In February 2010, the First Lady Michelle Obama launched the national campaign against childhood obesity called “Lets Move”, which is a comprehensive and coordinated initiative to combat childhood obesity from Harlem to Hollywood. The fact that the 1st Lady of the United States has taken on the obesity problem, underscores the dire situation many children are facing today.
According to the Center for Disease Control and Prevention or the CDC, childhood obesity, which is the result of caloric imbalance i.e. too few calories used up in comparison to intake, has more than tripled in the past 30 years. The prevalence of obesity among children age 6 to 11 years increased from 6.5% to 19.6% in 2008 and among adolescents aged 12 to 19 years increased from 5% to 18%!
Why the increase? What are the risk factors?
Well there are several reasons – more families dine out or purchase fast food more than in the past due in part to busy schedules. In general, children and adolescents are eating more food away from home, drinking more sugar-sweetened drinks, and snacking more frequently. Convenience has become the main stay, leading more and more people to consume ‘away-from-home’ quick service or restaurant meals or to buy ready-to-eat, low cost, quickly accessible meals to prepare at home. Another more or less obvious reason is the increase in portion size especially in fast food outlets. Also children are spending more time watching television, using the computer and playing video games thus occupying a large percentage of the child’s leisure time, which influences their physical activity levels.
“…25 percent of their (children’s) waking hours watching television and statistically, children who watch the most hours of television have the highest incidence of obesity.”
According to the Department of Health and Human Services, it is estimated that children in the United States are spending 25 percent of their waking hours watching television and statistically, children who watch the most hours of television have the highest incidence of obesity. Naturally children will be more prone to be overweight if their diet consists of high calorie food such as fast foods and “junk food” such as potato chips, sweets or soda or if they do not exercise. Additional risk factors include family history; a child is more inclined to be overweight or obese if other family members are overweight or if the groceries purchased for the home consists primarily of high calorie foods. Also children, just like adults, turn to food when they are under stress of if they are emotional eaters.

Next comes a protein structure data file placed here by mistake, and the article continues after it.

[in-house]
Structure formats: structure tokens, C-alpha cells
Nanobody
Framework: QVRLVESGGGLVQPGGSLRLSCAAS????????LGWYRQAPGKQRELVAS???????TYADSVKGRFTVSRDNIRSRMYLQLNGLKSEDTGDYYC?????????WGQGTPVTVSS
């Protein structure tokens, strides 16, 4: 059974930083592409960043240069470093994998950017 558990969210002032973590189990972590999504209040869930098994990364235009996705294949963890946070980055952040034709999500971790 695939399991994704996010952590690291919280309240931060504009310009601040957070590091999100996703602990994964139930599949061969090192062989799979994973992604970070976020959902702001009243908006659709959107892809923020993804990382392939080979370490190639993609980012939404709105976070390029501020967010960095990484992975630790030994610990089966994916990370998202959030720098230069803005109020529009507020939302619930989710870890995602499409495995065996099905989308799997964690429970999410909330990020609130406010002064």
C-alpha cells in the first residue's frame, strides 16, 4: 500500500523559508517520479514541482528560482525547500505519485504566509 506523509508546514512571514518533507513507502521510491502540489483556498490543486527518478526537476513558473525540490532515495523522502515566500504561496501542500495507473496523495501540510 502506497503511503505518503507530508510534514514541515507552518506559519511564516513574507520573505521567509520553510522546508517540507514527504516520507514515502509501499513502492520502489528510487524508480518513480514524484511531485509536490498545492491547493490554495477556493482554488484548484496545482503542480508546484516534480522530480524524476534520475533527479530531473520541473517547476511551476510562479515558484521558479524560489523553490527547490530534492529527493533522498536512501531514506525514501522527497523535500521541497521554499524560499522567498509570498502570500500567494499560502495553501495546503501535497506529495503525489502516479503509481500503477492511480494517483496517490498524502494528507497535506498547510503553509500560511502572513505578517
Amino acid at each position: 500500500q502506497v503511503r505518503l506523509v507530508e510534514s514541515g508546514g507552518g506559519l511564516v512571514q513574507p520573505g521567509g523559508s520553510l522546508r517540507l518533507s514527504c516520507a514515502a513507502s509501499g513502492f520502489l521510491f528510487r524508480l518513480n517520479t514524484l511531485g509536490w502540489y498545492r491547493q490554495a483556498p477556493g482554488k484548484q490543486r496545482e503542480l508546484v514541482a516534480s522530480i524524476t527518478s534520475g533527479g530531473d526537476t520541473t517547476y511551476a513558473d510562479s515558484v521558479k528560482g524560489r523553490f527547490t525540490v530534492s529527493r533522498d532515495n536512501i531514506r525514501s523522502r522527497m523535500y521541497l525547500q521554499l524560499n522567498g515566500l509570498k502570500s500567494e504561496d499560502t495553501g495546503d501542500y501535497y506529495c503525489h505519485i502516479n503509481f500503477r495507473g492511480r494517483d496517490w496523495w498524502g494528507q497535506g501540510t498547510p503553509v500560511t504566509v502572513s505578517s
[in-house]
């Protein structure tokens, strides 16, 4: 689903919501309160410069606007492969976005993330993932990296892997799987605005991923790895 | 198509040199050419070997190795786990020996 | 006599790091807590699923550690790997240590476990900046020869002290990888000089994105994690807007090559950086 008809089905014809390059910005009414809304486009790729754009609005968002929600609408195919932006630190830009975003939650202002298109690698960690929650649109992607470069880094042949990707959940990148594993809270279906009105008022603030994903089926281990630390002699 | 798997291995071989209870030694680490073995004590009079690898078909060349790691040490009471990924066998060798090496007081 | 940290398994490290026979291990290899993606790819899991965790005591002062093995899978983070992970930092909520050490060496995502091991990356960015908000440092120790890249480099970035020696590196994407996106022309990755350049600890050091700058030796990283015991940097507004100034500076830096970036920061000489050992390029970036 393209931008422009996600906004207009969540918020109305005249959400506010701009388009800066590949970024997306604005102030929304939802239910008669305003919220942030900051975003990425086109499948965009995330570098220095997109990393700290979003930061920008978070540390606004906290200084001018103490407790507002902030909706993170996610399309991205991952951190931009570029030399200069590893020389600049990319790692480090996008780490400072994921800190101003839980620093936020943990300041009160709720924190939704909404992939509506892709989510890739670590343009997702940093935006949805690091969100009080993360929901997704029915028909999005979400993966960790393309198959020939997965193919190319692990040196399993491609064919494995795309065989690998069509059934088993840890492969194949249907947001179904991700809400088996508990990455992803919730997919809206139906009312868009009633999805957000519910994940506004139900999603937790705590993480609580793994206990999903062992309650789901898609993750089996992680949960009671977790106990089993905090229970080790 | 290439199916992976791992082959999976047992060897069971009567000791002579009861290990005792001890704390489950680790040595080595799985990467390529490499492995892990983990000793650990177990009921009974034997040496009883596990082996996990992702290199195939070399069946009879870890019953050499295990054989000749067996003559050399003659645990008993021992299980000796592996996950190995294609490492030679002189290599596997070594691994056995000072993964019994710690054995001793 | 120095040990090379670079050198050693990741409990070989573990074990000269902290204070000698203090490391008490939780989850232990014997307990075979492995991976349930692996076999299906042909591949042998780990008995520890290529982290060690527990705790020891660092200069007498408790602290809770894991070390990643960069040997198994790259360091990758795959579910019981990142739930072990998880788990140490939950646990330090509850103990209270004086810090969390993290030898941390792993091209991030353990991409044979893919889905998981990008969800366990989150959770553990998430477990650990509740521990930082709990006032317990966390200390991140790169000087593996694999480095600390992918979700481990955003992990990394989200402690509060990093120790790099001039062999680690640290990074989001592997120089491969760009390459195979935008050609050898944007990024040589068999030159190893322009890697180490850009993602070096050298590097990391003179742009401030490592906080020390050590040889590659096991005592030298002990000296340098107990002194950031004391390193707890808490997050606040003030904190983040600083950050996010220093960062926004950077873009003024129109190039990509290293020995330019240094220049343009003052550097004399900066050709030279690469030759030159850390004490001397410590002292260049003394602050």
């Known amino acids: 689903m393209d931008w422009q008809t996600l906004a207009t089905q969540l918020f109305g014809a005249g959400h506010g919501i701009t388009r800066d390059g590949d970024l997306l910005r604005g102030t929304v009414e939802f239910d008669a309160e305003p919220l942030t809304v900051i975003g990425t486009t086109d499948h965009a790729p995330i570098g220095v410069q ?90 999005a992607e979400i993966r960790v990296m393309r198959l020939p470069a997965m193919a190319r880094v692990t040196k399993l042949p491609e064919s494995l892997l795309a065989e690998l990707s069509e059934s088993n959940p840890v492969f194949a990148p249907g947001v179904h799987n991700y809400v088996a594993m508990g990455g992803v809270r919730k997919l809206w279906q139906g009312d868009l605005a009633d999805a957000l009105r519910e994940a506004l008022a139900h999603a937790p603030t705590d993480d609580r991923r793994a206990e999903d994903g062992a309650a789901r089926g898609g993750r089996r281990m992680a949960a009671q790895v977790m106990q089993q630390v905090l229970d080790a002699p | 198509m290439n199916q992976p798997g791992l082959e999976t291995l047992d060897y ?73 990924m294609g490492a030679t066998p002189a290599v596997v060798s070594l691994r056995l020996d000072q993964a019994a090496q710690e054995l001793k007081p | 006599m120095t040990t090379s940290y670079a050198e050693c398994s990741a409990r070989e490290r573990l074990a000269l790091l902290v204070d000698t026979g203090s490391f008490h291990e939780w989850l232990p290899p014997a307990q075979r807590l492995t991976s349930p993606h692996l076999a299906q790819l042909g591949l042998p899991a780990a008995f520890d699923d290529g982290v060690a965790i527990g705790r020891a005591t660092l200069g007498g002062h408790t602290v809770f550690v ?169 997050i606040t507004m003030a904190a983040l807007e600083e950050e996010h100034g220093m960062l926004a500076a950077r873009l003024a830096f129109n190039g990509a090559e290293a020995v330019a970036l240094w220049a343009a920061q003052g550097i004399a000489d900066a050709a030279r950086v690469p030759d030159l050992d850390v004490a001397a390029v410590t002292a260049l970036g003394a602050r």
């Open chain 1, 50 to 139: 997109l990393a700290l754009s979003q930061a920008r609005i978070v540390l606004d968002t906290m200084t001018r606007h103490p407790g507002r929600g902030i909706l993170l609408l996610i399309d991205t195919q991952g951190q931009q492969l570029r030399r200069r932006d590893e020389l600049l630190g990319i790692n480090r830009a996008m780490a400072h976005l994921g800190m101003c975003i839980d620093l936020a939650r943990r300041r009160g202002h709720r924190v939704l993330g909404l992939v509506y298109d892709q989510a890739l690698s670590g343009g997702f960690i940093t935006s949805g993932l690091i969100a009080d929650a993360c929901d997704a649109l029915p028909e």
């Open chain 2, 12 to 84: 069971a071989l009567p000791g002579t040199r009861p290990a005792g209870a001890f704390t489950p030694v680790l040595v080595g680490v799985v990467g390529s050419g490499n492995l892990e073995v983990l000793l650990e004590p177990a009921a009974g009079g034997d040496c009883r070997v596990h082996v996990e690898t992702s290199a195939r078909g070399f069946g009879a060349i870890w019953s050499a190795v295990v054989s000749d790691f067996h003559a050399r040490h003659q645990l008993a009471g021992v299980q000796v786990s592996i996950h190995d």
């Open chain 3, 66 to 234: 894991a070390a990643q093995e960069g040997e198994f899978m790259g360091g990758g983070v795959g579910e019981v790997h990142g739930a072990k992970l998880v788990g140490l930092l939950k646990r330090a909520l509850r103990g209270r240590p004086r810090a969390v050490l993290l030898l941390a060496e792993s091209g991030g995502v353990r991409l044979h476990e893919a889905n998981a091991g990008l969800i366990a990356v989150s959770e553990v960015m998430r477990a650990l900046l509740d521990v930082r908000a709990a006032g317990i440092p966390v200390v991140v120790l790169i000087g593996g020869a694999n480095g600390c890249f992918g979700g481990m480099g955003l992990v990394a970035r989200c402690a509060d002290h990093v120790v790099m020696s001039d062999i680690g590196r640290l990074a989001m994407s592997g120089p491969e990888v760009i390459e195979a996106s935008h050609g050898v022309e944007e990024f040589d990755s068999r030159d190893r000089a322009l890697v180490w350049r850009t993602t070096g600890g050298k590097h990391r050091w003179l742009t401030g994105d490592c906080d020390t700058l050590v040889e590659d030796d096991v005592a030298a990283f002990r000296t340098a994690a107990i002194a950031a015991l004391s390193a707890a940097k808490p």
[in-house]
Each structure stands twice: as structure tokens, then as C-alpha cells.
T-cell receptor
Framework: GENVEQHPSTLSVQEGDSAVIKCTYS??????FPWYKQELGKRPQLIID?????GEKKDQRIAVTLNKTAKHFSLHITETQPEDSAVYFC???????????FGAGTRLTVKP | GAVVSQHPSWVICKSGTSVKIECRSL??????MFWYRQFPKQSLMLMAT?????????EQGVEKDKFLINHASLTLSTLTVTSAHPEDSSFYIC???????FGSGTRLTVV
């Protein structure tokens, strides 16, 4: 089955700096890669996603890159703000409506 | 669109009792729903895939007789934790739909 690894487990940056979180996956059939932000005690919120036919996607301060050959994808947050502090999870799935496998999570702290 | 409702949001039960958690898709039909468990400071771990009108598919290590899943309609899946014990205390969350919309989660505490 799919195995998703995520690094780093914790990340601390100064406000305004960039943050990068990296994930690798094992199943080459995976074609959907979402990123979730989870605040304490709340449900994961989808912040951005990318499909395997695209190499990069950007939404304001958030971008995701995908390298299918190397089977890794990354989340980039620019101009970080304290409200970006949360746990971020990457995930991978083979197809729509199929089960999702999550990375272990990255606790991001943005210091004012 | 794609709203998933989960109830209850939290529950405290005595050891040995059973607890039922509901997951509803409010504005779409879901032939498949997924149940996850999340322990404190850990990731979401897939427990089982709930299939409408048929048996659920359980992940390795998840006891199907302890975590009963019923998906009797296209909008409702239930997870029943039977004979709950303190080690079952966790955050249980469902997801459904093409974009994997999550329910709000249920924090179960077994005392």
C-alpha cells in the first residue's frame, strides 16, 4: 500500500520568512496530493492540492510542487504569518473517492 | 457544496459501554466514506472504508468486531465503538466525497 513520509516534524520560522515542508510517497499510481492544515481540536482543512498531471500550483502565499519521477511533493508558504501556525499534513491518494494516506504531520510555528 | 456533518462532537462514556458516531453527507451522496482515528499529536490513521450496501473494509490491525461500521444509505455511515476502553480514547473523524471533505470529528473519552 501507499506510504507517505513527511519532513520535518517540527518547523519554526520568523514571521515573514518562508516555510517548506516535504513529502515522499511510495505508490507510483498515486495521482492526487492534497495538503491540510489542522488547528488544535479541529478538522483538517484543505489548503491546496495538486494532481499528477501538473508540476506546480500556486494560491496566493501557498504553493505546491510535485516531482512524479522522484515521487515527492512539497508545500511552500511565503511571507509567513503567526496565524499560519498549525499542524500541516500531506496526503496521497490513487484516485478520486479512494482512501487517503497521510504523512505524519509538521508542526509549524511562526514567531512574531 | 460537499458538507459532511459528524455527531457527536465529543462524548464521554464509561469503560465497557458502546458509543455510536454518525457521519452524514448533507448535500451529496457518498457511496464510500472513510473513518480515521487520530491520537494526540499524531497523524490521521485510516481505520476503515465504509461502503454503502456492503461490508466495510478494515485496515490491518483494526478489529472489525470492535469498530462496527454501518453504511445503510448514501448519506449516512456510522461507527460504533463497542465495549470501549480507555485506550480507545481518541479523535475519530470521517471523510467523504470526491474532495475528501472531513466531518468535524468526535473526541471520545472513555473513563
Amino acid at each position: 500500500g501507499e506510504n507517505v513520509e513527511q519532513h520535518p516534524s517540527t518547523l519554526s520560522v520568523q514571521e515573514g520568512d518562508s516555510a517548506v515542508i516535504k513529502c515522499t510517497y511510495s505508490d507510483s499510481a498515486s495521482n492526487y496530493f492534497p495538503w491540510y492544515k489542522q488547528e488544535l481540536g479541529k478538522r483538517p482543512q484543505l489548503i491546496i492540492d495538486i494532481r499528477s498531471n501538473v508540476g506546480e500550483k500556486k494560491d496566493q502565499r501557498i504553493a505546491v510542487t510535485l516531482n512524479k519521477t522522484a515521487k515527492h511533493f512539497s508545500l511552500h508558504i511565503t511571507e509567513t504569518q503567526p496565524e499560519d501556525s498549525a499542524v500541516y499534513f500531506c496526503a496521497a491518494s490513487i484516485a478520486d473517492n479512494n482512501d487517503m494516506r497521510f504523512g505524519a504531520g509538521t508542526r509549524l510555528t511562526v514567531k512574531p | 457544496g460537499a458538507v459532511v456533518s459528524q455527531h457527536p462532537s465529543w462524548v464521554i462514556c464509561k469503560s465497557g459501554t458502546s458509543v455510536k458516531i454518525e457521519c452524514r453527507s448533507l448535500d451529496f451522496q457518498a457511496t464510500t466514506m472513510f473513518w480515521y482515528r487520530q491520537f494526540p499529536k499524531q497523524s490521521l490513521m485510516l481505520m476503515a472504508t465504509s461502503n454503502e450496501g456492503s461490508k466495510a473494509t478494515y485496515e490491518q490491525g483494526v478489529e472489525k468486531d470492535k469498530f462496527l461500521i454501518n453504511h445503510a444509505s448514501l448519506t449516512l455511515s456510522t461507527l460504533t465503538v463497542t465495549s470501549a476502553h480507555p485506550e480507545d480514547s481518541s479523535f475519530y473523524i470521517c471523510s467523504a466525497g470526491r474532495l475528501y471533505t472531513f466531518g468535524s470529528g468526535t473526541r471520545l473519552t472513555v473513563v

How does it hurt?
Childhood obesity can lead to a myriad of problems especially if obesity extends into adult life. Some of the physical complications include type II diabetes (an increasing number of teenager have this type of diabetes), high blood pressure, bone and joint disorders, respiratory problems such as asthma. They may suffer from a sleep disorder called sleep apnea which is a breathing disorder characterized by brief interruptions of breathing during sleep. It most commonly occurs when the throat collapses during sleep causing the child to snort and gasp for breath. Overweight and obesity is a common cause of sleep apnea. Children may incur early onset of puberty or menstruation because fat cells are hormonally active. In addition, these children and adolescents may become more susceptible to skin infections due to moisture such as sweat trapped in skin folds. Obese children are also more prone to fatigue which can result in poor academic achievements. Emotionally, these kids are likely to be teased or bullied. This can lead to poor self esteem which can then lead to behavioral and/or learning difficulties.
Unfortunately, most kids do not outgrow their weight problem and as a result obesity leads to the following in adulthood: high blood pressure, strokes, cancer, heart and liver disease.
What can be done to prevent this?